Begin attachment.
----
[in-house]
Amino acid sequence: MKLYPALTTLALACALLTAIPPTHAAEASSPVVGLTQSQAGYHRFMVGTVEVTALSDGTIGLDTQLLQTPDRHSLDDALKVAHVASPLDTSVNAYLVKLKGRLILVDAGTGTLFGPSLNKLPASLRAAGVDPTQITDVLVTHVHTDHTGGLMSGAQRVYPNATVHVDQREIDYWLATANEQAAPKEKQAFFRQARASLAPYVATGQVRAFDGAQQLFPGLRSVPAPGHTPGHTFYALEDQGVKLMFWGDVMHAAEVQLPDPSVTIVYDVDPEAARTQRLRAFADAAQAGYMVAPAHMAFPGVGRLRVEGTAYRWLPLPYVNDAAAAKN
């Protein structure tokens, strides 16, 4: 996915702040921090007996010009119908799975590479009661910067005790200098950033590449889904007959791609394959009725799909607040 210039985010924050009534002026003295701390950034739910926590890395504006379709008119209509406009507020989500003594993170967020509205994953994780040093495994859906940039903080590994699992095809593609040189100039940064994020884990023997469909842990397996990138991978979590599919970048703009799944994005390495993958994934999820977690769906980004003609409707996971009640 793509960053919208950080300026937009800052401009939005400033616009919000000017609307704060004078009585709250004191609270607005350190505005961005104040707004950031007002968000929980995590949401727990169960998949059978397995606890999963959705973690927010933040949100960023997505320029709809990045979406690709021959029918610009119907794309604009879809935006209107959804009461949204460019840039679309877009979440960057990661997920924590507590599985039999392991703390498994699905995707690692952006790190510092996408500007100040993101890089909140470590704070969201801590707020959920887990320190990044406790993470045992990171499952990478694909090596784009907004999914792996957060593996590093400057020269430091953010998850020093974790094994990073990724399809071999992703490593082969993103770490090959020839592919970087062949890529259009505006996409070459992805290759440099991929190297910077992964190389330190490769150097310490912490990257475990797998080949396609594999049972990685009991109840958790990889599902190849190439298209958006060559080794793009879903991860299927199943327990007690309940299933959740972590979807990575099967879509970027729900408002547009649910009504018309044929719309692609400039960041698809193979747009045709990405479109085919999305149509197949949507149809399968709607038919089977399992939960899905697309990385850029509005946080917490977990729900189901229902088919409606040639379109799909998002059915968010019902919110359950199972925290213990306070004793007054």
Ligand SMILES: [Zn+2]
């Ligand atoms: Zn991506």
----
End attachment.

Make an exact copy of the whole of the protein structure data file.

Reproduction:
[in-house]
Amino acid sequence: MKLYPALTTLALACALLTAIPPTHAAEASSPVVGLTQSQAGYHRFMVGTVEVTALSDGTIGLDTQLLQTPDRHSLDDALKVAHVASPLDTSVNAYLVKLKGRLILVDAGTGTLFGPSLNKLPASLRAAGVDPTQITDVLVTHVHTDHTGGLMSGAQRVYPNATVHVDQREIDYWLATANEQAAPKEKQAFFRQARASLAPYVATGQVRAFDGAQQLFPGLRSVPAPGHTPGHTFYALEDQGVKLMFWGDVMHAAEVQLPDPSVTIVYDVDPEAARTQRLRAFADAAQAGYMVAPAHMAFPGVGRLRVEGTAYRWLPLPYVNDAAAAKN
């Protein structure tokens, strides 16, 4: 996915702040921090007996010009119908799975590479009661910067005790200098950033590449889904007959791609394959009725799909607040 210039985010924050009534002026003295701390950034739910926590890395504006379709008119209509406009507020989500003594993170967020509205994953994780040093495994859906940039903080590994699992095809593609040189100039940064994020884990023997469909842990397996990138991978979590599919970048703009799944994005390495993958994934999820977690769906980004003609409707996971009640 793509960053919208950080300026937009800052401009939005400033616009919000000017609307704060004078009585709250004191609270607005350190505005961005104040707004950031007002968000929980995590949401727990169960998949059978397995606890999963959705973690927010933040949100960023997505320029709809990045979406690709021959029918610009119907794309604009879809935006209107959804009461949204460019840039679309877009979440960057990661997920924590507590599985039999392991703390498994699905995707690692952006790190510092996408500007100040993101890089909140470590704070969201801590707020959920887990320190990044406790993470045992990171499952990478694909090596784009907004999914792996957060593996590093400057020269430091953010998850020093974790094994990073990724399809071999992703490593082969993103770490090959020839592919970087062949890529259009505006996409070459992805290759440099991929190297910077992964190389330190490769150097310490912490990257475990797998080949396609594999049972990685009991109840958790990889599902190849190439298209958006060559080794793009879903991860299927199943327990007690309940299933959740972590979807990575099967879509970027729900408002547009649910009504018309044929719309692609400039960041698809193979747009045709990405479109085919999305149509197949949507149809399968709607038919089977399992939960899905697309990385850029509005946080917490977990729900189901229902088919409606040639379109799909998002059915968010019902919110359950199972925290213990306070004793007054």
Ligand SMILES: [Zn+2]
């Ligand atoms: Zn991506």